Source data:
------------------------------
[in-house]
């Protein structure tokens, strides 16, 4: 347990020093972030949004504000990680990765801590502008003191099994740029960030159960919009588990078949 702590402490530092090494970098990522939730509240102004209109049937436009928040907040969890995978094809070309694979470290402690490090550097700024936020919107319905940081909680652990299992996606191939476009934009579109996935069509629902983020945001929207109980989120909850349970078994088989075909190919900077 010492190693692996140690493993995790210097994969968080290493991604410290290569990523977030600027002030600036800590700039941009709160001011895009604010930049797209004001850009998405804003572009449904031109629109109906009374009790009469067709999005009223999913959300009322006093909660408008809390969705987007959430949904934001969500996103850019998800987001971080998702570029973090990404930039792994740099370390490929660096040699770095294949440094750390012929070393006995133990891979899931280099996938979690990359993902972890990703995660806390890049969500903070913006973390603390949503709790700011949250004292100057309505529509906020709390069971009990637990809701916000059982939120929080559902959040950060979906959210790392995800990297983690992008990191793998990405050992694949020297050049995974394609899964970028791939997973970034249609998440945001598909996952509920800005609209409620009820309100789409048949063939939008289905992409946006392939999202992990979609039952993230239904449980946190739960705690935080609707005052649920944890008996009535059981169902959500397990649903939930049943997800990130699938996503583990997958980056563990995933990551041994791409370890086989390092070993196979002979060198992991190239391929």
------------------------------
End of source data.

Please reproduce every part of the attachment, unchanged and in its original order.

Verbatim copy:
[in-house]
């Protein structure tokens, strides 16, 4: 347990020093972030949004504000990680990765801590502008003191099994740029960030159960919009588990078949 702590402490530092090494970098990522939730509240102004209109049937436009928040907040969890995978094809070309694979470290402690490090550097700024936020919107319905940081909680652990299992996606191939476009934009579109996935069509629902983020945001929207109980989120909850349970078994088989075909190919900077 010492190693692996140690493993995790210097994969968080290493991604410290290569990523977030600027002030600036800590700039941009709160001011895009604010930049797209004001850009998405804003572009449904031109629109109906009374009790009469067709999005009223999913959300009322006093909660408008809390969705987007959430949904934001969500996103850019998800987001971080998702570029973090990404930039792994740099370390490929660096040699770095294949440094750390012929070393006995133990891979899931280099996938979690990359993902972890990703995660806390890049969500903070913006973390603390949503709790700011949250004292100057309505529509906020709390069971009990637990809701916000059982939120929080559902959040950060979906959210790392995800990297983690992008990191793998990405050992694949020297050049995974394609899964970028791939997973970034249609998440945001598909996952509920800005609209409620009820309100789409048949063939939008289905992409946006392939999202992990979609039952993230239904449980946190739960705690935080609707005052649920944890008996009535059981169902959500397990649903939930049943997800990130699938996503583990997958980056563990995933990551041994791409370890086989390092070993196979002979060198992991190239391929």